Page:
Protesters from Insulate Britain have clashed with angry motorists in Essex, including a mother who berated activists for stopping her from driving her 11-year-old son to school.
Lorry drivers blasted their horns and a female protester was nearly run over by a frustrated motorist as the environmental campaign group blocked roads for a 13th time on Wednesday morning.
Multiple confrontations occurred at around 8.30am, with demonstrators dragged off the roads by drivers near a busy industrial estate in Thurrock.
Around 20 protesters blocked the junction of St Clements Way and London Road, forcing multiple vehicles including HGVs to stop and turn round.
Motorists ripped banners out of the hands of demonstrators as they sat or laid down in the road.
Others had glued themselves to the carriageway, causing long queues of cars.
A female protester was almost run over after stopping in front of a blue Hyundai car, and was berated by the driver who told her “This is stupidity”.
Some members of the group were dragged off the road multiple times by drivers, who pulled their backpacks and clothing, after immediately returning to their spots and sitting down again.
Footage circulated online showed one woman get out of her black Range Rover and argue with those gathered around her car.
“Move out of the f****** way, my son needs to get to school,” she told demonstrators.
“I don’t care what the f****** issue is. My son is 11 and he needs to get to school today, so move out of the way and let me get him to school.”
Police later arrived and removed more protesters from the roads.
Essex Police said they had made a total of 35 arrests at the scene and acknowledged the frustration faced by motorists.
HGV drivers also warned that the protests could cause the ongoing fuel crisis to worsen as tankers will be unable to reach filling stations.
One driver told LBC news: “If this protest stays here for much longer, I’m afraid the night shift driver will not be able to deliver fuel for any garages or anyone.
“So talking about lorry driver shortages and fuel shortages, today it may get worse. This is a hotspot.
“We also deliver to commercials, bus garages, train depots, which are all essential for transport.”
Delivery driver Robert J Foulger, 57, said: “There were nine police vehicles there and countless officers not out catching criminals, costing the taxpayer money.
“I took pictures whilst sitting in traffic trying to deliver fresh produce to a supermarket distribution centre.
“I was on the moving side of traffic so didn’t wait long, luckily.”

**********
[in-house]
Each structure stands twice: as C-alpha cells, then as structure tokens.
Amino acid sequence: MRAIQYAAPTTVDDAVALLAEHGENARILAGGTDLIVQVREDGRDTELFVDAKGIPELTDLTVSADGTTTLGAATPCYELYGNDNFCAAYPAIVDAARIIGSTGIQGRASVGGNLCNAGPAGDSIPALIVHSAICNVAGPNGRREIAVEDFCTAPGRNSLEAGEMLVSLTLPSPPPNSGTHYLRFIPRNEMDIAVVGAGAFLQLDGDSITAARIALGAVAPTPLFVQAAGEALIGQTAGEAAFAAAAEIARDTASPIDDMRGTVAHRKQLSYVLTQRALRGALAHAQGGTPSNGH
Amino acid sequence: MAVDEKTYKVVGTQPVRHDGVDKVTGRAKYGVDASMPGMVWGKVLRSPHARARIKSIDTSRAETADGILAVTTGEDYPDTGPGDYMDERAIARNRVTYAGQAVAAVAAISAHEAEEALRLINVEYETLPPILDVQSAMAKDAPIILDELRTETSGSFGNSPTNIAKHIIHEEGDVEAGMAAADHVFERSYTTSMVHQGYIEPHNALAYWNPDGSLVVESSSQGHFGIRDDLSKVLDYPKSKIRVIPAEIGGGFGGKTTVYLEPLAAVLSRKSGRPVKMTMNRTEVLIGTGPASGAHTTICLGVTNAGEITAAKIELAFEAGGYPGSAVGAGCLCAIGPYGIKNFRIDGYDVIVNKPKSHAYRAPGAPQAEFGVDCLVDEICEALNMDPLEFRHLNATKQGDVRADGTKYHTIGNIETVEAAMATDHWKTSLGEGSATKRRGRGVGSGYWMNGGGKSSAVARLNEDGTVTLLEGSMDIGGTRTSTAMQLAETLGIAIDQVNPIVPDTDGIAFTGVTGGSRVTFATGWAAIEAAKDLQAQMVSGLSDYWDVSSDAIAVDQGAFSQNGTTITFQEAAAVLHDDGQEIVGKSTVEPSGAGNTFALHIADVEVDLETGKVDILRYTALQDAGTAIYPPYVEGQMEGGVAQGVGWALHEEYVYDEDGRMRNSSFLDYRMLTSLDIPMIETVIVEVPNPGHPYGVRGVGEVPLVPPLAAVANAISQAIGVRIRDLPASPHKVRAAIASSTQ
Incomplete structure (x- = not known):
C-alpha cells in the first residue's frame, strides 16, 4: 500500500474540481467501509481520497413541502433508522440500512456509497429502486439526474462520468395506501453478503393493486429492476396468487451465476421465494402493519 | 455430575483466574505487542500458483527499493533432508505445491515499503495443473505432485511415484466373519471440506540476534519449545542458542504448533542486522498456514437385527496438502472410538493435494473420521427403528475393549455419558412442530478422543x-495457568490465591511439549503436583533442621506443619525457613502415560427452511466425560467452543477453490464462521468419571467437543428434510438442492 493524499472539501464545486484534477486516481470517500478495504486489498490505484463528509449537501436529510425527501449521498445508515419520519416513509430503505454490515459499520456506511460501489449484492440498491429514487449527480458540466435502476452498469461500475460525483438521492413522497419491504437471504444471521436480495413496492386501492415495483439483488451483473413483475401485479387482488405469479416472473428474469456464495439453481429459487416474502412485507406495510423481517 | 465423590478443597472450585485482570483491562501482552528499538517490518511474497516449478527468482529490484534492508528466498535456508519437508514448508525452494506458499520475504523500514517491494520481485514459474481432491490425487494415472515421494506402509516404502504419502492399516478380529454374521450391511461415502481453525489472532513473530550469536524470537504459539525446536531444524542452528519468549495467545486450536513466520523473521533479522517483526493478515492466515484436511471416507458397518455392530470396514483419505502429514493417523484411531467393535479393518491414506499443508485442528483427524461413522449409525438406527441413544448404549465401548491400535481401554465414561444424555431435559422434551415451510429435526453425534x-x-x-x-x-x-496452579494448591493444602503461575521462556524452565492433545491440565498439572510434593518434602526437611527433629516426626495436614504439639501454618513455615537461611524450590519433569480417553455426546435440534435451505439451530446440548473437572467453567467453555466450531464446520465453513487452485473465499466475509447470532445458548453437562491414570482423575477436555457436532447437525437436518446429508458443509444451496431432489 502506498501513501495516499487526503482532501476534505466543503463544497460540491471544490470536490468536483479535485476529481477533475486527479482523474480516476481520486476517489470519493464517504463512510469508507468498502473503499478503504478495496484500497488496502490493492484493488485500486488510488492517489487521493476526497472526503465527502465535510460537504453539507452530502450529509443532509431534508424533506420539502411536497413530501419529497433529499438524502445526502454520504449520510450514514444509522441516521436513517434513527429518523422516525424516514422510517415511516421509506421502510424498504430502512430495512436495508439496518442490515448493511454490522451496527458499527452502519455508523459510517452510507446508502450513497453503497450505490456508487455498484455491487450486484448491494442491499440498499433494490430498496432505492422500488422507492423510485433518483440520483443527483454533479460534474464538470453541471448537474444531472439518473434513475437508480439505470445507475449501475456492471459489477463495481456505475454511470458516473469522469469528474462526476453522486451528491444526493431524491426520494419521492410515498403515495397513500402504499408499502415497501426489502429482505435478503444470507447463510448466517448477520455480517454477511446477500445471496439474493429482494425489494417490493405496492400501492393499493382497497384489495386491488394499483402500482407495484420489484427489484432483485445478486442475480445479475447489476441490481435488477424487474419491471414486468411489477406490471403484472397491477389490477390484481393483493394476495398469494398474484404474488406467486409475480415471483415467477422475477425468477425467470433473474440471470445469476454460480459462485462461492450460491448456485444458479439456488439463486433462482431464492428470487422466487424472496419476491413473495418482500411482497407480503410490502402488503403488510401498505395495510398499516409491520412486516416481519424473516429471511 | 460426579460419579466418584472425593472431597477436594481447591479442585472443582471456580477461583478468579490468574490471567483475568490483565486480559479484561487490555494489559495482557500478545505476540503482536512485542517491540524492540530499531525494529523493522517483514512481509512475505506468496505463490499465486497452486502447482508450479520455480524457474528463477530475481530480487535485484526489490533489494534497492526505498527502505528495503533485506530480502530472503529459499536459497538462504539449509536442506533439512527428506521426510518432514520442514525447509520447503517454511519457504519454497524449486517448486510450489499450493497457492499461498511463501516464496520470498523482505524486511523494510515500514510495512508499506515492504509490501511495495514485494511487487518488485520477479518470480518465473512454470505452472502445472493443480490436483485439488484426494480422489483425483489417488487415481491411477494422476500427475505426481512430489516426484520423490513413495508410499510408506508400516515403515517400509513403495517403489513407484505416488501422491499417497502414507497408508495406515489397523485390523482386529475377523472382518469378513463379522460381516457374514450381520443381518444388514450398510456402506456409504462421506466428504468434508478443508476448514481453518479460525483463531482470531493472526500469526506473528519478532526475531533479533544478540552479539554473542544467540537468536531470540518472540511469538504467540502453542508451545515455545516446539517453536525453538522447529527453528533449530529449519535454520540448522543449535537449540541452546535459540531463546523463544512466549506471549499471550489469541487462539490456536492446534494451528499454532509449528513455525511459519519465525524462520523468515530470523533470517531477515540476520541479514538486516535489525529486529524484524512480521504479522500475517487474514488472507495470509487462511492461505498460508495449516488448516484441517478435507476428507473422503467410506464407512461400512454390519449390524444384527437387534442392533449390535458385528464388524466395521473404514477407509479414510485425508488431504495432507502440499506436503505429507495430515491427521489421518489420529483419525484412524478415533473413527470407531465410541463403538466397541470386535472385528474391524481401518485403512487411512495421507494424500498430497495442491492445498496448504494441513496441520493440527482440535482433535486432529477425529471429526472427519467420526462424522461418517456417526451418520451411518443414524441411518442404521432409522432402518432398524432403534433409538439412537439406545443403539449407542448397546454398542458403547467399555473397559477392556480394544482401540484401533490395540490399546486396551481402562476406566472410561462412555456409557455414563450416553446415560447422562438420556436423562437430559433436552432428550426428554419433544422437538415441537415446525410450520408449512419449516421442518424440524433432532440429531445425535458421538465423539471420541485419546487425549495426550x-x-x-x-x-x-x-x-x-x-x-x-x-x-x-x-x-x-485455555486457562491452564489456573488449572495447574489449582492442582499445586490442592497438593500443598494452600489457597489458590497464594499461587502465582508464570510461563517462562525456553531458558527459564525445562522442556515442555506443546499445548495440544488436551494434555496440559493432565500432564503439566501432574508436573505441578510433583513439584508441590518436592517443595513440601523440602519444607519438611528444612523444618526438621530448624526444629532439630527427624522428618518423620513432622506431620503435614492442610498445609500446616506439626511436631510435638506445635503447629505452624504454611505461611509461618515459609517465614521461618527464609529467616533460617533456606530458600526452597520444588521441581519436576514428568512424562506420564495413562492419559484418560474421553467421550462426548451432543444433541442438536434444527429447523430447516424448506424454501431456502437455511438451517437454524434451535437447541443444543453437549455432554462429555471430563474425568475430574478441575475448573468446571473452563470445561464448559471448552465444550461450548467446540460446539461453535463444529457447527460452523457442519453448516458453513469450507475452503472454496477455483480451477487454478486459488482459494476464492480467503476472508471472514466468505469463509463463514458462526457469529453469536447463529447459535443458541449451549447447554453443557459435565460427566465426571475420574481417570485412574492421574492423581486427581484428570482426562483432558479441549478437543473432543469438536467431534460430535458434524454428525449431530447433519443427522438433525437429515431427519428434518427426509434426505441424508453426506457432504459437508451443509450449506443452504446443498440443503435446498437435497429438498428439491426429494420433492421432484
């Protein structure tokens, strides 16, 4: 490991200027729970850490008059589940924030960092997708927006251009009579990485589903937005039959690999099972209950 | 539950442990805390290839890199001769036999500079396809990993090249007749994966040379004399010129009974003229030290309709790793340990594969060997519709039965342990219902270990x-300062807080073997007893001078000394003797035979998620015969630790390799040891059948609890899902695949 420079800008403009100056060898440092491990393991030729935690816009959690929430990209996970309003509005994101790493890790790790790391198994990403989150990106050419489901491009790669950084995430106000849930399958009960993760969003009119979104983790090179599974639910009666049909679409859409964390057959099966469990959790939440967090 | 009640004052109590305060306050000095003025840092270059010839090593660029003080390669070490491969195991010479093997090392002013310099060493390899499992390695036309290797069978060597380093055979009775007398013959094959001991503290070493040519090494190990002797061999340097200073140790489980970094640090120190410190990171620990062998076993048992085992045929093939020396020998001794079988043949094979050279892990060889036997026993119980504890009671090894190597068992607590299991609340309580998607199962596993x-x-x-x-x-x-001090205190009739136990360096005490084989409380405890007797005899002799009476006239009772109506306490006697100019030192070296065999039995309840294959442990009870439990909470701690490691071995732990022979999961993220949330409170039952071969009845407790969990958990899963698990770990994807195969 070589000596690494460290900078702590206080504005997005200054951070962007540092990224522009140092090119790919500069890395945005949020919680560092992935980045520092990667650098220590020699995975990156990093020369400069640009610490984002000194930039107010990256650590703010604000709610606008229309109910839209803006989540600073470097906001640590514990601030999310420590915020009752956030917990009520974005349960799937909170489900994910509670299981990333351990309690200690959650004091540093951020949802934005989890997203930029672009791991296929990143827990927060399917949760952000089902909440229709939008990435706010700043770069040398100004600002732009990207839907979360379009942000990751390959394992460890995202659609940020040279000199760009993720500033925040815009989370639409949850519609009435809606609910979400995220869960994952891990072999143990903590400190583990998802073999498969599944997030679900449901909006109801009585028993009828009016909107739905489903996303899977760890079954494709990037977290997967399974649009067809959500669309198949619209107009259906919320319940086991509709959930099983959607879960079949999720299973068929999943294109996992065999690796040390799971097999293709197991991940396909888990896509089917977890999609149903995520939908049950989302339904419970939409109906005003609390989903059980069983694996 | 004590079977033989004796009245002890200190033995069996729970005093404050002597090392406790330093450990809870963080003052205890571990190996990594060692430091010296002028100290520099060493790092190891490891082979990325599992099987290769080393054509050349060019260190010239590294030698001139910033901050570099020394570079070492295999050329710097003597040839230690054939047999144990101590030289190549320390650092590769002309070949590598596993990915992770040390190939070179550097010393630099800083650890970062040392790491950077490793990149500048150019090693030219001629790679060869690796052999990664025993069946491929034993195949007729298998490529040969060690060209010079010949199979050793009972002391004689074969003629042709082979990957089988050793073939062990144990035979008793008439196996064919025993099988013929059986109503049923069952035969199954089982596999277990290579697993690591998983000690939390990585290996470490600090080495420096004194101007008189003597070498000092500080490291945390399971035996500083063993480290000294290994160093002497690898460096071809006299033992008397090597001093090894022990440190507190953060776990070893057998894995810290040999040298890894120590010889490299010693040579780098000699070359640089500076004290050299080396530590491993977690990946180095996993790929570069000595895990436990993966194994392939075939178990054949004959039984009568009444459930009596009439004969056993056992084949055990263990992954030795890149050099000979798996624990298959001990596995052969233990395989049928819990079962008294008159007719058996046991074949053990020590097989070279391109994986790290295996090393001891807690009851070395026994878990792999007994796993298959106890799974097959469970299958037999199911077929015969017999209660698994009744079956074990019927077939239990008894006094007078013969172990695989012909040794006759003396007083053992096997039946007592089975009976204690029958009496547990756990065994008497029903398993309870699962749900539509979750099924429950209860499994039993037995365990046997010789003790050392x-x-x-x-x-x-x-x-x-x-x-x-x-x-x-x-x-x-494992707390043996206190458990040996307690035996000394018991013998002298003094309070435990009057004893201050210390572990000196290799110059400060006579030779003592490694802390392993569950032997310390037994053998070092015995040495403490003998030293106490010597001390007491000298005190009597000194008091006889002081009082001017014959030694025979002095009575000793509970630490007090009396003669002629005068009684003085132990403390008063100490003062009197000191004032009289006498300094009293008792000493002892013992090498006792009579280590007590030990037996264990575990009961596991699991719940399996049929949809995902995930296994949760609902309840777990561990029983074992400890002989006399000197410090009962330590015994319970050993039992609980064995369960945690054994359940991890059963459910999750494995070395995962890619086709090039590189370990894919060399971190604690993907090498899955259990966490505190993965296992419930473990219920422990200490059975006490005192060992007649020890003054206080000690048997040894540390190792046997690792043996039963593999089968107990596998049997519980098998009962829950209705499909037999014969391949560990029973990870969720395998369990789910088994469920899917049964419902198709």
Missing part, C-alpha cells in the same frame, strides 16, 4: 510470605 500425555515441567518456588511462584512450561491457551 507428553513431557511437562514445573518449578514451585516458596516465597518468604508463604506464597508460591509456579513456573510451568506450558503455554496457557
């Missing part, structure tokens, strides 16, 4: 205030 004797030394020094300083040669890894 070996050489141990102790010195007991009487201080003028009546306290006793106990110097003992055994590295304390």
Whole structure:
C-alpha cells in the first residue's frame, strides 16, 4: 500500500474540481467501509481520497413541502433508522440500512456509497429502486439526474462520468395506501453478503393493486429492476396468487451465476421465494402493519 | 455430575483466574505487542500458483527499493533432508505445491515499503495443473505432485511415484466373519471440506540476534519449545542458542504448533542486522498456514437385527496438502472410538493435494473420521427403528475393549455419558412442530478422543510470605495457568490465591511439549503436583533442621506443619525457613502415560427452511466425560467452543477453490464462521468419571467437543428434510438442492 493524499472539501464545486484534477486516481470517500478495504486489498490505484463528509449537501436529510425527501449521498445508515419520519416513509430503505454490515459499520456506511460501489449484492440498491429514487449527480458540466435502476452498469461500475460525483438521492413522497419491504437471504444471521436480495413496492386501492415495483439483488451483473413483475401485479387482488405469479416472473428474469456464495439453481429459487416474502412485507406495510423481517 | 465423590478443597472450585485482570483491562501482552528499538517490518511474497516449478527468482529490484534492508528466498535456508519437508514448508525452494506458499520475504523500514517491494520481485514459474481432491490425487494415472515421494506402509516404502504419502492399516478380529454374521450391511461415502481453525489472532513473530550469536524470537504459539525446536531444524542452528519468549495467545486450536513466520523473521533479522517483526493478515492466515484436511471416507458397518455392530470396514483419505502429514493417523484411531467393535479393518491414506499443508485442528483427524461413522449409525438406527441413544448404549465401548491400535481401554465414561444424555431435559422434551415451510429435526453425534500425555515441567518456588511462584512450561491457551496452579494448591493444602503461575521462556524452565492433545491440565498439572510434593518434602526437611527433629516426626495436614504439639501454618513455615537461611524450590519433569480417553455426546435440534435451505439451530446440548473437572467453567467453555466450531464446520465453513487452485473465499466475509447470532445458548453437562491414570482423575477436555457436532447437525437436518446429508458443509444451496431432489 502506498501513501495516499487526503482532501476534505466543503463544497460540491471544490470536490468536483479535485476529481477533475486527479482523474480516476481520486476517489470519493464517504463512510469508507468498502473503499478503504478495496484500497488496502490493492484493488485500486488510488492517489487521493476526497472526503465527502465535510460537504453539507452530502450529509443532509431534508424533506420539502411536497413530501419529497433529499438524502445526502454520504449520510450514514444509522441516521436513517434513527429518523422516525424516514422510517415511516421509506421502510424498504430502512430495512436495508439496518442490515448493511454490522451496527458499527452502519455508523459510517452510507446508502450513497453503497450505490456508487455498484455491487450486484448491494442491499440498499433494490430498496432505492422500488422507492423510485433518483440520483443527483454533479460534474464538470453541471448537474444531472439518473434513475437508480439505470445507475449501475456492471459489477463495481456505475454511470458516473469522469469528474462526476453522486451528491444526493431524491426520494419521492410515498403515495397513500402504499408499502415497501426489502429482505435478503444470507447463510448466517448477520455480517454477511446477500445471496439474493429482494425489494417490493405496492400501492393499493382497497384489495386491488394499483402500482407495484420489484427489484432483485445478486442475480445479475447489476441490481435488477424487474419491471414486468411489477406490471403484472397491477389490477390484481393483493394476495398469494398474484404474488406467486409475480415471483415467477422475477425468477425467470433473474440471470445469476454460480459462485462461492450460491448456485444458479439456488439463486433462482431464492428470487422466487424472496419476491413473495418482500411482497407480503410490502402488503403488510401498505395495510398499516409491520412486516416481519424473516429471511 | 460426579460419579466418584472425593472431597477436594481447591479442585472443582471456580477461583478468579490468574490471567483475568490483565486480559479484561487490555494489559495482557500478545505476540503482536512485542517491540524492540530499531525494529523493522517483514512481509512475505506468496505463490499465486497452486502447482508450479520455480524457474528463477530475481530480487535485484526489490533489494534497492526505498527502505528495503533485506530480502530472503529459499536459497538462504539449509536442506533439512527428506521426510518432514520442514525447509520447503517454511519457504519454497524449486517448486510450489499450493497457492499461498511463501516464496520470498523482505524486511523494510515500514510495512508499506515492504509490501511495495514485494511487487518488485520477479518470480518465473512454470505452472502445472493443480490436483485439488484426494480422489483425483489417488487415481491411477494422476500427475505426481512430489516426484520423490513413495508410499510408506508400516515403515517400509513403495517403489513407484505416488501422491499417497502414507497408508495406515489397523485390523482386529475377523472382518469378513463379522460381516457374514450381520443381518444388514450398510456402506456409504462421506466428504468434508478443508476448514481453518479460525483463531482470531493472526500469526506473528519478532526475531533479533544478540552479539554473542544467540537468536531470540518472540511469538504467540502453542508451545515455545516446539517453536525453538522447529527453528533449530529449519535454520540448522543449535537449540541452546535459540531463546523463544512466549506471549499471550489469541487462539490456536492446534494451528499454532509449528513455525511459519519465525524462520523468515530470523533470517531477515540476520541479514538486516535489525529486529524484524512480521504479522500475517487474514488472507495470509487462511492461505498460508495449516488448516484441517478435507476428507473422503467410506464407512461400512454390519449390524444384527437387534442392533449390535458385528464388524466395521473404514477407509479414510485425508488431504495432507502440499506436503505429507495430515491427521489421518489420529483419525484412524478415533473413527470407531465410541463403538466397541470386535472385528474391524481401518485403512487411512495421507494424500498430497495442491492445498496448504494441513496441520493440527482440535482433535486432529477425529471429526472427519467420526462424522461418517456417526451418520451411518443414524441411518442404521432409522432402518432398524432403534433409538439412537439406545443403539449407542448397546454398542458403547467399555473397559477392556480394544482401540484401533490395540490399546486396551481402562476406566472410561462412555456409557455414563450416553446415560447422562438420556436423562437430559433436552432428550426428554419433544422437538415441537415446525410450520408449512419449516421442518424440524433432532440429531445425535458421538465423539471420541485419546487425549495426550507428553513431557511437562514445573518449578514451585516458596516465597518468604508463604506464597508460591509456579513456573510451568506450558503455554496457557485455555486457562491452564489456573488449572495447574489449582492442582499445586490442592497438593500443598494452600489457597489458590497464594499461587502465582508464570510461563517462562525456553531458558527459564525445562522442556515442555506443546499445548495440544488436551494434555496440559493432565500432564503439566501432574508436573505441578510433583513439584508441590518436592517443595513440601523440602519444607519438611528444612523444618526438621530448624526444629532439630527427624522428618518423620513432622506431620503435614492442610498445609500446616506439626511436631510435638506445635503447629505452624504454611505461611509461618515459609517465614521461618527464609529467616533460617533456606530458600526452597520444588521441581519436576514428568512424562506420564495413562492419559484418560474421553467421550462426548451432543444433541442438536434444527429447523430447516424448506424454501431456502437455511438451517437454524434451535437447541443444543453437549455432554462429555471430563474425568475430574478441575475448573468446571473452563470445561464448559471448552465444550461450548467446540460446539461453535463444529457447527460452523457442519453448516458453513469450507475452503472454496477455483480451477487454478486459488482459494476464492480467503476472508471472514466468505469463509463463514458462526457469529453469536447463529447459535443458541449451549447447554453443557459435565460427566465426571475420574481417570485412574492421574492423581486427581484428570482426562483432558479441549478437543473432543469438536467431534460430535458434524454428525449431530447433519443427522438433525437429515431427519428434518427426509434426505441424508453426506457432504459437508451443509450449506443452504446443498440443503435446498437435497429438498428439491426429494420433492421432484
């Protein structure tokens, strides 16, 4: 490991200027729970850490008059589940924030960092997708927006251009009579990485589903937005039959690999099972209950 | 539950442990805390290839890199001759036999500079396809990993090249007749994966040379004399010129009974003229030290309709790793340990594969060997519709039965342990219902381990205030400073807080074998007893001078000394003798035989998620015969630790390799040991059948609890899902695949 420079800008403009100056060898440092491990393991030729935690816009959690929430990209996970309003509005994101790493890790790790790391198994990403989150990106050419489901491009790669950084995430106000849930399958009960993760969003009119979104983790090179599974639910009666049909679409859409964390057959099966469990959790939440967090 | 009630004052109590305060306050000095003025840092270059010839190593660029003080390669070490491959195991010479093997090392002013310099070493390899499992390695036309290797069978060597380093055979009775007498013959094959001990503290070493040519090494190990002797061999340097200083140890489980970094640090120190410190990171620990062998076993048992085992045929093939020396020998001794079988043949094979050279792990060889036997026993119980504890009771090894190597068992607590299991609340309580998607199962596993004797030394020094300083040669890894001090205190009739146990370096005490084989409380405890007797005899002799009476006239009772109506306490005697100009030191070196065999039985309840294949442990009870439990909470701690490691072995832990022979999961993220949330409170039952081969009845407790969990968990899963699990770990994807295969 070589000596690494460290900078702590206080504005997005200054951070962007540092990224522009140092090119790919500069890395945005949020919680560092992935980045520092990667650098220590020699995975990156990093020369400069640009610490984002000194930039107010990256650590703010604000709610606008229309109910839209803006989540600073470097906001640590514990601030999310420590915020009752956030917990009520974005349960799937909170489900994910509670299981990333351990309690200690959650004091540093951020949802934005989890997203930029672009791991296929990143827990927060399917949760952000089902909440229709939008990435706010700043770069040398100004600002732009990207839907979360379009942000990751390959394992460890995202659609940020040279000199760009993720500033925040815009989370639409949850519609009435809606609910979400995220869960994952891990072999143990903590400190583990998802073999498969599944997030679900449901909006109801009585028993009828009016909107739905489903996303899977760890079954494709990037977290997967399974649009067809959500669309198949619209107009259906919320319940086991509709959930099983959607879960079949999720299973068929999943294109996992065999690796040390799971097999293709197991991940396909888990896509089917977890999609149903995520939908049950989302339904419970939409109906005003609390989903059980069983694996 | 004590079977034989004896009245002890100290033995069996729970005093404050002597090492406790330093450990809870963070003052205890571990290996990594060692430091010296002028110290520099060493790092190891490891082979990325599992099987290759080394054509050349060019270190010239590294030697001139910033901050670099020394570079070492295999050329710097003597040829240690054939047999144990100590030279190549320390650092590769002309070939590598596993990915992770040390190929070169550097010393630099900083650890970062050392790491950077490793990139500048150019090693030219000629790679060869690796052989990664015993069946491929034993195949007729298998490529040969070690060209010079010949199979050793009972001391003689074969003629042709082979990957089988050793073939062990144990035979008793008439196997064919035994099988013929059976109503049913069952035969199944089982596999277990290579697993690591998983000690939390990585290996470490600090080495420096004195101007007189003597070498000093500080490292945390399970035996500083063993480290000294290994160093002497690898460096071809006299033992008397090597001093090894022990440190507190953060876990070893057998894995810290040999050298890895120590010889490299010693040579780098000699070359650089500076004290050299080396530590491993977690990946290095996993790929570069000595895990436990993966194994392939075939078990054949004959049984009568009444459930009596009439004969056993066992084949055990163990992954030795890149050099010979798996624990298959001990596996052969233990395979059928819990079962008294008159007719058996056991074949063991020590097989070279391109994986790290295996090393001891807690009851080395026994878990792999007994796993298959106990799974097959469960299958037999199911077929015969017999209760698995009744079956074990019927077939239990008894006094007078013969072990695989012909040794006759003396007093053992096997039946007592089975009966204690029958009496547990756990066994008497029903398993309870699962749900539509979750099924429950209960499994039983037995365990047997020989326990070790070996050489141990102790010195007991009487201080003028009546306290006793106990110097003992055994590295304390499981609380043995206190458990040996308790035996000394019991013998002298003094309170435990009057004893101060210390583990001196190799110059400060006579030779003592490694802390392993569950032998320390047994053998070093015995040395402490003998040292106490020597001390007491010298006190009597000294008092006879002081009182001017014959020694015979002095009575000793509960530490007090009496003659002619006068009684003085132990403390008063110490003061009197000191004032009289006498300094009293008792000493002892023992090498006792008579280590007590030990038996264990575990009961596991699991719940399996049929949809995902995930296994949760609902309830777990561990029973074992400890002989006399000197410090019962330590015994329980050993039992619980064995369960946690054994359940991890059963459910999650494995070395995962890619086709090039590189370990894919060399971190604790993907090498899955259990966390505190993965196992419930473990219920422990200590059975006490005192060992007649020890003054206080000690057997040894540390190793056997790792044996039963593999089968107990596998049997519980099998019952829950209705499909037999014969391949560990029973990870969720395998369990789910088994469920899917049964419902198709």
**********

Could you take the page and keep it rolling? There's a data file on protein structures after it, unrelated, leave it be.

Responding to the incident, Essex Police said: “We are currently on scene and have made arrests following reports of people blocking the slip road of the M25 in Thurrock.
“We received reports of people on the road at junction 31 shortly after 8.25am today.
The force later tweeted: “35 people have now been arrested after we responded quickly to reports of roads blocked in #Thurrock.
“16 people were arrested at J31 of the #M25 while 19 were arrested in Stonehouse Ln, #Purfleet.
“All roads are now open. Thank you for your patience and understanding.”
Insulate Britain, an offshoot of environmental campaign group Extinction Rebellion, has now staged protests 13 times in recent weeks.
The group has blocked parts of major roads around London, including the M25 and M4, to draw attention to climate change.
Transport for London was previously granted a High Court injunction against the group to prevent members further obstructing traffic – which applies to 14 locations around the capital.
On Tuesday, the injunctions were extended to the end of next month, prompting protesters to burn the court orders outside the Royal Courts of Justice in central London.
According to court documents, 112 people have been served with court orders relating to the protests.
Despite the arrests and frustrated responses of commuters, the group says other members of the public have praised its actions.
Dr Diana Warner, an Insulate Britain supporter, said: “Many people are going out of their way to thank us.
“Some come out of their cars to thank us, some are police officers involved with our arrests.
“To them, we bring hope – we haven’t yet given up. We are still pushing for lifesaving changes.”
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